How To Write Song Lyrics: Number of Lines

Apr 24, 2021 | Beginning, Lyrics

I got a question from one of the SongChops Members asking how to write song lyrics, and the number of lines in a verse, chorus and bridge in particular.

What a great question – and one I realize I’ve never actually covered!

So, how many lines should you have in your verse?  What’s the rule?

What about the chorus?  How many lines in a chorus?

The great news is, there’s no rule – but there is a rule of thumb.

 

How To Write Song Lyrics: Number of Lines

If you’re a beginning songwriter, I’m going to suggest you start with some standard formats to help you get a song completed.

For example, until you get 10 – 15 under your belt, use the following line count format:

VERSE – 4 lines

CHORUS – 4 lines

VERSE – 4 lines

CHORUS – 4 lines

VERSE – 4 lines

CHORUS – 4 lines

Now, you’ll notice there is no BRIDGE.  Why? Because that adds a complexity and nuance you don’t want to start monkeying with until you’ve gotten basic song structure down, as well as the function of each of the song parts within the song.

Let’s Add Some Variety

Once you’ve gotten past your first 15 songs, let’s try something a little different. Now, you’re going to notice that a 3 line verse is a little harder to write – and rhyme!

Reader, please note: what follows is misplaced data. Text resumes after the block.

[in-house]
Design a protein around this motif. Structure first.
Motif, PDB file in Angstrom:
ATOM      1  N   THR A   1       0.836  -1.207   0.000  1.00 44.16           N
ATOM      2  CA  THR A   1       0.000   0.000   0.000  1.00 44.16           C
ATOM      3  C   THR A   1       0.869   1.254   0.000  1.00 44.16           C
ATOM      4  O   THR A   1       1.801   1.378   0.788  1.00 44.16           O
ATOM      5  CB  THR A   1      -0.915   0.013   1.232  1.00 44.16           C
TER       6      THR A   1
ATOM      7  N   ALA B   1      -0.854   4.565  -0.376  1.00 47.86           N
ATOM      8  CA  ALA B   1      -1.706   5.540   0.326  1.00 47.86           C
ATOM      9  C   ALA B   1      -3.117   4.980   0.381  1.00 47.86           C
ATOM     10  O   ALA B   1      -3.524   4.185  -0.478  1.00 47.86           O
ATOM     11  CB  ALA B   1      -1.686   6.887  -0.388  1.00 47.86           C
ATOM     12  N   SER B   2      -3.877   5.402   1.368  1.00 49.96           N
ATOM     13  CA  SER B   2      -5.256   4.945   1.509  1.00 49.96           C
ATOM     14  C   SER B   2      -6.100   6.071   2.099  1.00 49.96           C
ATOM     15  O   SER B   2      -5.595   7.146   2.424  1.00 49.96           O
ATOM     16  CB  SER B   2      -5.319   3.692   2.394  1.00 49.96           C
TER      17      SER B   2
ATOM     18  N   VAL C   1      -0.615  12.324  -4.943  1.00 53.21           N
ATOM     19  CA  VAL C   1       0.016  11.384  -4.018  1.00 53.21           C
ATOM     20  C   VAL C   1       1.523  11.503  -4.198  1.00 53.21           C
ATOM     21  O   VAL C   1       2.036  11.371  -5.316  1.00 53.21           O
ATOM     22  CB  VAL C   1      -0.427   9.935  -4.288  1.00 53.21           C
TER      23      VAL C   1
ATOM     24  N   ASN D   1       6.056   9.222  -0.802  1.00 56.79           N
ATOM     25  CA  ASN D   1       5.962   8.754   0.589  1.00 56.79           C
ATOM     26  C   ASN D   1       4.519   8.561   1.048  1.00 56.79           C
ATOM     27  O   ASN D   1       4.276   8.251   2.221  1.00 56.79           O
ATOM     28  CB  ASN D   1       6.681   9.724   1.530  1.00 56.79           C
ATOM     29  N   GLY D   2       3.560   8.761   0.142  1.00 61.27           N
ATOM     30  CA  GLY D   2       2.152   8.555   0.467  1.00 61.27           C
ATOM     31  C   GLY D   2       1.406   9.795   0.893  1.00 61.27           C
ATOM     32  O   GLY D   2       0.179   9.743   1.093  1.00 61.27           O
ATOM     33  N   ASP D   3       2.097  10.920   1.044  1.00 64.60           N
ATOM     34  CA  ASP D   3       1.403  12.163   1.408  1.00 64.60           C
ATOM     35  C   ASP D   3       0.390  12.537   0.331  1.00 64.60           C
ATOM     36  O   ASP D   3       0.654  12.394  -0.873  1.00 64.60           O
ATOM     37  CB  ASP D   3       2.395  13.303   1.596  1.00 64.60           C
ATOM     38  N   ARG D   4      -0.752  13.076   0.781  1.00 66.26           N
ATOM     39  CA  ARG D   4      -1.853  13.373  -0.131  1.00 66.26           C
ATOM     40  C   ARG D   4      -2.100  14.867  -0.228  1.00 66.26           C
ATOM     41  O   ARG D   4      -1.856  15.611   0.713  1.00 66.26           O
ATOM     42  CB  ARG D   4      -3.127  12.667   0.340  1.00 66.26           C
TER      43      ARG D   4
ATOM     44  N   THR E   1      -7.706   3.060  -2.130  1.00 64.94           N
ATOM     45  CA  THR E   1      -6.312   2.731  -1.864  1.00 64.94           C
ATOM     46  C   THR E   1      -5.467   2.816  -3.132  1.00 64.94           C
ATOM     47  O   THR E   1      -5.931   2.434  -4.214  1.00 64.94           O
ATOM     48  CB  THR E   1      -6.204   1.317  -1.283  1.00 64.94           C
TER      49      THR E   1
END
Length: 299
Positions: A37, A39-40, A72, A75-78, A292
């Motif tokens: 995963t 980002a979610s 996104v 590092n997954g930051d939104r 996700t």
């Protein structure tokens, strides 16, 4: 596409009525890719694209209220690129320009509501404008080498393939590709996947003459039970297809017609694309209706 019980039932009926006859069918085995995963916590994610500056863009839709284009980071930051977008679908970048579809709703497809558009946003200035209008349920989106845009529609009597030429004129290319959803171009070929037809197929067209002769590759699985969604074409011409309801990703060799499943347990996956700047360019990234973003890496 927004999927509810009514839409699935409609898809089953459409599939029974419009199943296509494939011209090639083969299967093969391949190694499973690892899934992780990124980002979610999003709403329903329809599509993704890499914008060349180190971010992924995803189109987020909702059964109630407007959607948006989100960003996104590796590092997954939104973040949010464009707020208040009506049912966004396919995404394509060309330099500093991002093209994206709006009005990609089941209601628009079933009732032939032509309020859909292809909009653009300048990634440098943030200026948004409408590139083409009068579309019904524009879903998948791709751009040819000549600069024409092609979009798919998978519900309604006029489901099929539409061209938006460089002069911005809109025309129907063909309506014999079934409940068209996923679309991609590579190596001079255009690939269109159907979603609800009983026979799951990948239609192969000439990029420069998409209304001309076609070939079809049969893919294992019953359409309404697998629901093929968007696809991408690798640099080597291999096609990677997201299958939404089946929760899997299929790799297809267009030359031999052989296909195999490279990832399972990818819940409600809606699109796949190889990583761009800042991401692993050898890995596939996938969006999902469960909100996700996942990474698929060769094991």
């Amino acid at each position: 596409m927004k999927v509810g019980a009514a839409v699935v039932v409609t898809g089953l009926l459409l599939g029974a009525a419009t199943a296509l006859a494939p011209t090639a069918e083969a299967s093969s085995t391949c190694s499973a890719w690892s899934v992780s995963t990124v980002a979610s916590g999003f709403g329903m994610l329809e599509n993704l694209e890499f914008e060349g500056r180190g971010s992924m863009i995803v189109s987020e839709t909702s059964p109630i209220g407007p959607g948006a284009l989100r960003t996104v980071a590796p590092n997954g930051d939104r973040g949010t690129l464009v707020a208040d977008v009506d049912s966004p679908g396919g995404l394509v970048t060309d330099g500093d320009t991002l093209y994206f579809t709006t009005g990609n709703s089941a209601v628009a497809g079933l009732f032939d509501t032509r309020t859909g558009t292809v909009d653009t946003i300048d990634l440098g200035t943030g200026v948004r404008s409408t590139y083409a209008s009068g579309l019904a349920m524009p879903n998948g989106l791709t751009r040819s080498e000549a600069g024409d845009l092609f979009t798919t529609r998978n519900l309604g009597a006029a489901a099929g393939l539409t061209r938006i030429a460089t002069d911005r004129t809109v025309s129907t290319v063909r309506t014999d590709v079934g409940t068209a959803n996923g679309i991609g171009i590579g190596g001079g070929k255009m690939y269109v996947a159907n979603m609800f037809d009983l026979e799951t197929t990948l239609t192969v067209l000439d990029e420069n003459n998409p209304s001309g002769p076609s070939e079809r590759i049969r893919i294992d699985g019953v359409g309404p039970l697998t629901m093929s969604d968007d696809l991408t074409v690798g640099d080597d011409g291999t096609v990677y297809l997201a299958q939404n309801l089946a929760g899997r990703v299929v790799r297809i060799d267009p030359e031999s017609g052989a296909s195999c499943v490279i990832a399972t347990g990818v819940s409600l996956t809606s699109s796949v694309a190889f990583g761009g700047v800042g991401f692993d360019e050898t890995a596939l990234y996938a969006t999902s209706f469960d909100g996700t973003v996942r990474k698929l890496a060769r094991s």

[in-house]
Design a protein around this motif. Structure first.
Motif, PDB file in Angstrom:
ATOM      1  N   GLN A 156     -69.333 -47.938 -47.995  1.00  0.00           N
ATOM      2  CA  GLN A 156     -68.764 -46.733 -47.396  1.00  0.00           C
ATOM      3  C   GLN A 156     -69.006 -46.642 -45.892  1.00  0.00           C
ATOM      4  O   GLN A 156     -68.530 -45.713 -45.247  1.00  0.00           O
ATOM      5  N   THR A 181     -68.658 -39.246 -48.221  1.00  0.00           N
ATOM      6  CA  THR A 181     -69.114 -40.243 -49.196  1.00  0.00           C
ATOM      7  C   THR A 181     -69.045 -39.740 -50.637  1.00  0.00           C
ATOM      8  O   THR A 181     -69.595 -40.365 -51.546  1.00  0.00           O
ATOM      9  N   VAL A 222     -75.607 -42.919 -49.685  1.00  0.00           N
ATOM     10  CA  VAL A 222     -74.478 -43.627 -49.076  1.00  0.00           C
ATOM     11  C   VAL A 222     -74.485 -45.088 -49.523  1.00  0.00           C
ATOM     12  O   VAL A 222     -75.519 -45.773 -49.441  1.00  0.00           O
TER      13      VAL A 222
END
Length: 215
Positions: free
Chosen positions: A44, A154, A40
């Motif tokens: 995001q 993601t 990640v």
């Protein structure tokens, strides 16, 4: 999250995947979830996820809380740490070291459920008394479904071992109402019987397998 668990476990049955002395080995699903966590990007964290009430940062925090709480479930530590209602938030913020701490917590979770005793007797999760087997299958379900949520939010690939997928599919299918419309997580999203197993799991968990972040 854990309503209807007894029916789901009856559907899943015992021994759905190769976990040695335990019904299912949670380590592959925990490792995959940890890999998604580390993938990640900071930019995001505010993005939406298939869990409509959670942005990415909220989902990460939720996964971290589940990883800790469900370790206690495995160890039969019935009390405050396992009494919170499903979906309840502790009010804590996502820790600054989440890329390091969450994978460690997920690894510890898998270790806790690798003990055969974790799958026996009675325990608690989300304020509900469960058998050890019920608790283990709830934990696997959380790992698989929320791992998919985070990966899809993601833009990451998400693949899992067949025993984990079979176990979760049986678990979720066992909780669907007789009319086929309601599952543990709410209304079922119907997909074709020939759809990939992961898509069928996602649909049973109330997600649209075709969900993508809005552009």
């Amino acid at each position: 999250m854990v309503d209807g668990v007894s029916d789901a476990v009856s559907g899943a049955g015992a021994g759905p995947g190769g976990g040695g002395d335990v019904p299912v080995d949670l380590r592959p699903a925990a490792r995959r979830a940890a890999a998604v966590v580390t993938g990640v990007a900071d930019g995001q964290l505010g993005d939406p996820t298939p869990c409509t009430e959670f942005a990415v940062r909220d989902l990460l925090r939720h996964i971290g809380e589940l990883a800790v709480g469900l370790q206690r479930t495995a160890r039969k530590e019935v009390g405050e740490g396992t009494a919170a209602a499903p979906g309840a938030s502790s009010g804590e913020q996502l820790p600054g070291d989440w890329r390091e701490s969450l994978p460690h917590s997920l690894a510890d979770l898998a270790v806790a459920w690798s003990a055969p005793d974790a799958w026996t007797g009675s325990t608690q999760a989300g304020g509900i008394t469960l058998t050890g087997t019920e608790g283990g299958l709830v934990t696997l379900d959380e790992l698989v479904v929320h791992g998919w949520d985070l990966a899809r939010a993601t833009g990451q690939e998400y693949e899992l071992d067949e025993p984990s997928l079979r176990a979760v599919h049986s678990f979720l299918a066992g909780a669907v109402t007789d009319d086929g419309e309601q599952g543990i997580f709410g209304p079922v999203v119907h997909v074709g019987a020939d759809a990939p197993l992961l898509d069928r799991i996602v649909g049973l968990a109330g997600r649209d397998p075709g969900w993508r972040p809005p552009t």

You won’t be able to write two lines that rhyme, then another two that rhyme (rhymed couplets or an AABB rhyme pattern) or an ABAB pattern where the first and third, and second and fourth lines rhyme.

You will also have the have your story move faster and the third line will need to sound like it’s resolving to the chorus rather than waiting until a fourth line. So you’ll need to be zippy in how you’re telling the story or getting the emotion across.

So now what?!

Try one or both of these rhyme patterns: ABA or AAA and for your CHORUS BCBB or BCBC

And use this song structure:

VERSE – 3 lines

CHORUS – 4 lines

VERSE – 3 lines

CHORUS – 4 lines

VERSE – 3 lines

CHORUS – 4 lines

Write another 10 songs with this pattern and a variety of rhyme patterns.

Once you’ve done all this, you should have a better sense of:

  • How rhyme patterns can link/connect your lines not only within a verse, but across to a chorus as well.
  • How to create snapshots of imagery quickly due to the 3 line verse constraint, so your 4 line verses will become even richer.
  • When to use a 3 line verse or even a 3 or 6 line chorus and why breaking the “rule of thumb” can be effective in a song – and then use it to your advantage!

FREE Tips & How To Guides!

Absolutely No Spam!

More Stories


No More $900 For Pitchable Demos!

Voice Memo 2 Demo class

Demystify Social Media For Music!

social media for musicians paid